Colossal waves in California blamed on New Zealand storm

Reuters  / Mike Blake
A recent storm near New Zealand is being blamed for major waves thousands of miles away off the coast of California this week.

The National Weather Service says Californians can expect to encounter massive waves through Tuesday this week as a result of the storm that erupted on Thursday and Friday in the southern hemisphere, the Los Angeles Times reported.

According to the paper, a high-surf advisory has been issued for the west coast upon concerns that waves as tall as 15 feet could crash onto Newport Beach in Orange County.

“Once those waves are created, they keep traveling until they reach land,” David Sweet, a weather service meteorologist, told the Times. “So we can thank our friends Down Under.”


The Orange County Register reported on Monday morning that waves taller than 18 feet have already been spotted at the Wedge, a popular surf spot by Newport Beach.

“It’s a washing machine,” 48-year-old surfer Christopher Scott told the Register on Sunday. “It can knock the wind out of you, break people’s bones. Some people don’t realize the power of The Wedge.”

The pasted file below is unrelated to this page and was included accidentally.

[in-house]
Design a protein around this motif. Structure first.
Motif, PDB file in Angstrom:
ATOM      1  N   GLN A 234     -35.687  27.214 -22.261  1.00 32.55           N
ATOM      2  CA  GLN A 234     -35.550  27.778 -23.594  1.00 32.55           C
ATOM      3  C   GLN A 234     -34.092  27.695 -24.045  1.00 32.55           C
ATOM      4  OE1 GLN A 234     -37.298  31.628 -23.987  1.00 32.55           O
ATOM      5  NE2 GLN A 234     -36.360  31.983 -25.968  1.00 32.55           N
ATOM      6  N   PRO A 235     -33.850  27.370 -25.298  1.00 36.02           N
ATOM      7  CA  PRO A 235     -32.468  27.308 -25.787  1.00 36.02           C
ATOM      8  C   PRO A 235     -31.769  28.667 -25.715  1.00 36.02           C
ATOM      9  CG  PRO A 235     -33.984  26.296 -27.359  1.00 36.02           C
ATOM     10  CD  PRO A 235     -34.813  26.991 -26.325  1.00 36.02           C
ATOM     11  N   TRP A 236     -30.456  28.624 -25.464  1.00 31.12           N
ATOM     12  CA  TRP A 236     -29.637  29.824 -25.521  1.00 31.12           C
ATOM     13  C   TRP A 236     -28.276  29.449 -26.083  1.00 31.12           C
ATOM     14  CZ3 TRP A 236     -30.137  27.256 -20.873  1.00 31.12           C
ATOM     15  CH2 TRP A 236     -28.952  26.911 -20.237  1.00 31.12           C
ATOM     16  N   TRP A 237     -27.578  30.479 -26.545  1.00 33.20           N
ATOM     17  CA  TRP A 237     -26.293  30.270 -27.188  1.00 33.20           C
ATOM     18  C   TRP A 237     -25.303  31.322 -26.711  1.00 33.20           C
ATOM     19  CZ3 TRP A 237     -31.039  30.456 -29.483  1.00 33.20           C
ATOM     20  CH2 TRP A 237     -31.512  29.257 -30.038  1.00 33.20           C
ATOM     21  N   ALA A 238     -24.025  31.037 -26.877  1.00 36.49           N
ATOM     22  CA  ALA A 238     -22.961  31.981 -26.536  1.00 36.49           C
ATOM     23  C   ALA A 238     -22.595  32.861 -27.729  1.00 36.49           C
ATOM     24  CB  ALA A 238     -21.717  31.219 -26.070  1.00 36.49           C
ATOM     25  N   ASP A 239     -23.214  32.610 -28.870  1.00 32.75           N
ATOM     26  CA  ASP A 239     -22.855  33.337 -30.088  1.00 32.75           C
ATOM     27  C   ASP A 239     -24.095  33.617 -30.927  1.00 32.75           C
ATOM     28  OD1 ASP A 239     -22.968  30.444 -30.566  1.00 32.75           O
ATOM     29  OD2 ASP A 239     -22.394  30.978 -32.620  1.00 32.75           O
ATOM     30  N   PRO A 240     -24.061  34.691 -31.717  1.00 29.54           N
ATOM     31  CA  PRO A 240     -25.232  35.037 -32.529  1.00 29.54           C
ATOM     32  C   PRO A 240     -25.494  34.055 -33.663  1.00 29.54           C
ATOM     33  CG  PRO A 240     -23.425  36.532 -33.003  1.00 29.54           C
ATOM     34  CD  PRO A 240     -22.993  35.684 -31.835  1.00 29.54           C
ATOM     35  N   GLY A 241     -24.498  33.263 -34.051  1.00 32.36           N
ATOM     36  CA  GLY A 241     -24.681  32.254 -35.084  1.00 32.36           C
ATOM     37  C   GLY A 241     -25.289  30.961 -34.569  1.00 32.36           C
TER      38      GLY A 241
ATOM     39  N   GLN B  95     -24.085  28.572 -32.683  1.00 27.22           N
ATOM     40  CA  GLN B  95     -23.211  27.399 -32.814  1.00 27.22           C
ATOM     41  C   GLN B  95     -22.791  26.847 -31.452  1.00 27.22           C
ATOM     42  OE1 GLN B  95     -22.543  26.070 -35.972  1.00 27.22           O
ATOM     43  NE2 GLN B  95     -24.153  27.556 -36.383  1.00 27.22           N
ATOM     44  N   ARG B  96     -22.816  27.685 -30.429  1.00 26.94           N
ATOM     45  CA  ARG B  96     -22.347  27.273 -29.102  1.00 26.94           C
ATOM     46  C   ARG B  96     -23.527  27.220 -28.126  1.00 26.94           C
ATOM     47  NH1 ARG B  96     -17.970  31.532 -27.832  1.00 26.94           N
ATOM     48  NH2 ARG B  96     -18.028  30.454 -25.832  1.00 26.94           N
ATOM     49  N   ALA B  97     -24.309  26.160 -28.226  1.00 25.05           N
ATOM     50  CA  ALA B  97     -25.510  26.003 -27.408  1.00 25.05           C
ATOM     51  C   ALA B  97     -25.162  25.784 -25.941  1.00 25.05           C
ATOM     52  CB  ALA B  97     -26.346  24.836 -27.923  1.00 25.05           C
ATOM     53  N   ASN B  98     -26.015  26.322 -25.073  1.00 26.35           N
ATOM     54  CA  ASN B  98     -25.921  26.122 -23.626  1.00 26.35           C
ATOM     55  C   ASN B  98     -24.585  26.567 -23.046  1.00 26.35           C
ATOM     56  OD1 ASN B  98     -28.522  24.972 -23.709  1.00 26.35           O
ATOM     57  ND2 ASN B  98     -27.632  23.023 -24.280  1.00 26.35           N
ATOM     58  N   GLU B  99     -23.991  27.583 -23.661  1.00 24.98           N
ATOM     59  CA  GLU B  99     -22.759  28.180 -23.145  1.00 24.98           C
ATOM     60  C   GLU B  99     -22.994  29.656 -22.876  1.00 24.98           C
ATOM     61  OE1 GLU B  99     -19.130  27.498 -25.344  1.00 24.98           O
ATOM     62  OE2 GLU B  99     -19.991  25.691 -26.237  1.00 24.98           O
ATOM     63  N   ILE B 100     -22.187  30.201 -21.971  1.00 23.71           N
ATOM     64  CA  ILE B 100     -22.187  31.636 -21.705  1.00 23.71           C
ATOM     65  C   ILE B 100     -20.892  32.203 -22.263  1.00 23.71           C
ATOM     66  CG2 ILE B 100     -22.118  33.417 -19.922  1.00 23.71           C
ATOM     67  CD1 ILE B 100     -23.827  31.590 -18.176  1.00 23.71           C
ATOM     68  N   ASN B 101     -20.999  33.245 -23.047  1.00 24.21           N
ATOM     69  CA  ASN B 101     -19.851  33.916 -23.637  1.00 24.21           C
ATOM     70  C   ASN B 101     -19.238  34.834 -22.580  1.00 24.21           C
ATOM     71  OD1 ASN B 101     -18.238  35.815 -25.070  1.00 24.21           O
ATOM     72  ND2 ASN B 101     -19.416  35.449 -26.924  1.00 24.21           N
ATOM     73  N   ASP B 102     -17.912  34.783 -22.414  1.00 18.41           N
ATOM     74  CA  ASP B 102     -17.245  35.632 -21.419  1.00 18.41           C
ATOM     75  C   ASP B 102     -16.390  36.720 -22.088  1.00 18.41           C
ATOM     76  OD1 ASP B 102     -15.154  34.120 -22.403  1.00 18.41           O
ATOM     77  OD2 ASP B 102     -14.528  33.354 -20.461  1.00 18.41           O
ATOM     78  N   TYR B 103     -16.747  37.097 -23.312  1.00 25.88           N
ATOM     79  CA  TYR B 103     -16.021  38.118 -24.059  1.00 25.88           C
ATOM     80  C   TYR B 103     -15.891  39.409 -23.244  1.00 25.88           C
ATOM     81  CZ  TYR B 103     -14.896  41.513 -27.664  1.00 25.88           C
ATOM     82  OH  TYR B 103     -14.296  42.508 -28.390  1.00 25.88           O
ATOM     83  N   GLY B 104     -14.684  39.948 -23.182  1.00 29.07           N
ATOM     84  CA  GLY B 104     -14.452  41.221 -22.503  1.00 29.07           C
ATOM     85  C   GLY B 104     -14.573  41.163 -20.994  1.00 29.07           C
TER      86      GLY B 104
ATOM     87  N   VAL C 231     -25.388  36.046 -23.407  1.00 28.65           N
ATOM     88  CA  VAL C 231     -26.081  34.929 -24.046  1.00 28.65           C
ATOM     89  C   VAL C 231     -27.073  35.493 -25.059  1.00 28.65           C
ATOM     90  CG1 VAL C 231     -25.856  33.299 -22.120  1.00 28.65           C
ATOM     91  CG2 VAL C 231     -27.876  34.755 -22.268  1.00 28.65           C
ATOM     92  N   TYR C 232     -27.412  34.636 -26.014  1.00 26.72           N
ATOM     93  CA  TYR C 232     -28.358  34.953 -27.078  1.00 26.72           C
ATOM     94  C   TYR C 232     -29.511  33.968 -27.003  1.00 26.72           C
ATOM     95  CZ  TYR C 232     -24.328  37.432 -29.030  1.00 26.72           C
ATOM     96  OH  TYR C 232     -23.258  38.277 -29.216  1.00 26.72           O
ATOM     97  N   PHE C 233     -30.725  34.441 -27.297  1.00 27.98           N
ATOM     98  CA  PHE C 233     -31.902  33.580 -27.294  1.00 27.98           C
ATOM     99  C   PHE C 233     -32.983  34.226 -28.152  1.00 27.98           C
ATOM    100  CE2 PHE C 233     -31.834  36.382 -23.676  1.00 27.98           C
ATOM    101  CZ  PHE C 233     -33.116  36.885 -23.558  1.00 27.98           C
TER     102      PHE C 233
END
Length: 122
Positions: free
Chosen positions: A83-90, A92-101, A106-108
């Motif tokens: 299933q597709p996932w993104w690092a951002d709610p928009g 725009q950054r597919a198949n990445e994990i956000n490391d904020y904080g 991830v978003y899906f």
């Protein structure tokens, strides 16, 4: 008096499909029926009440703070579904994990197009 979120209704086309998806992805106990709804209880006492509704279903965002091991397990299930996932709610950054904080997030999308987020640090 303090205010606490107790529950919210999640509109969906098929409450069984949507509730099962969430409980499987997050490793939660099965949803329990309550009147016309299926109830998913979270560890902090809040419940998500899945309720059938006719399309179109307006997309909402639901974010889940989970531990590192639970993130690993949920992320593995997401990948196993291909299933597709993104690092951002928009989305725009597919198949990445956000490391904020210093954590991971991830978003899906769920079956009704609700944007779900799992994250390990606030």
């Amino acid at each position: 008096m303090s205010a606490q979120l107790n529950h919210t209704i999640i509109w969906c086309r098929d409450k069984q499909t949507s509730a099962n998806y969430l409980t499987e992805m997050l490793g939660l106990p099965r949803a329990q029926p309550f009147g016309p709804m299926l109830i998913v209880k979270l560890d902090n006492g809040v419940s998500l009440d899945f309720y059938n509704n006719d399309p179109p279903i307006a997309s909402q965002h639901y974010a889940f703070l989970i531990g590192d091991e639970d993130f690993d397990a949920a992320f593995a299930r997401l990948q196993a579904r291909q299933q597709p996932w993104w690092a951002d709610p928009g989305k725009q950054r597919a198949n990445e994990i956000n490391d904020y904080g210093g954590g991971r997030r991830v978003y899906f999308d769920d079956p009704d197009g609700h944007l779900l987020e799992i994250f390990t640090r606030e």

“Right now, if a surfer came down here, I’d be like, ‘Dude, what are you doing?’” lifeguard Jonathan Richards told the paper eight miles up the beach in Huntington on Sunday.


According to the Associated Press, authorities had to rescue at least 16 people in Newport Beach on Sunday due to high waves. Additionally, the Carnival Imagination cruise ship was prompted to change course and dock in San Diego due to the extreme conditions.

"Therefore, in the interest of caution, the cruise ship ... deviated to San Diego," Carnival said in a statement.


The LA Daily News reported that current swells have been racing across the Pacific from New Zealand at a rate of around 30 miles per hour, according to NASA oceanographer Bill Patzert, covering upwards of 750 miles each day.

“This will carve a new coastline in some areas,” Patzert predicted.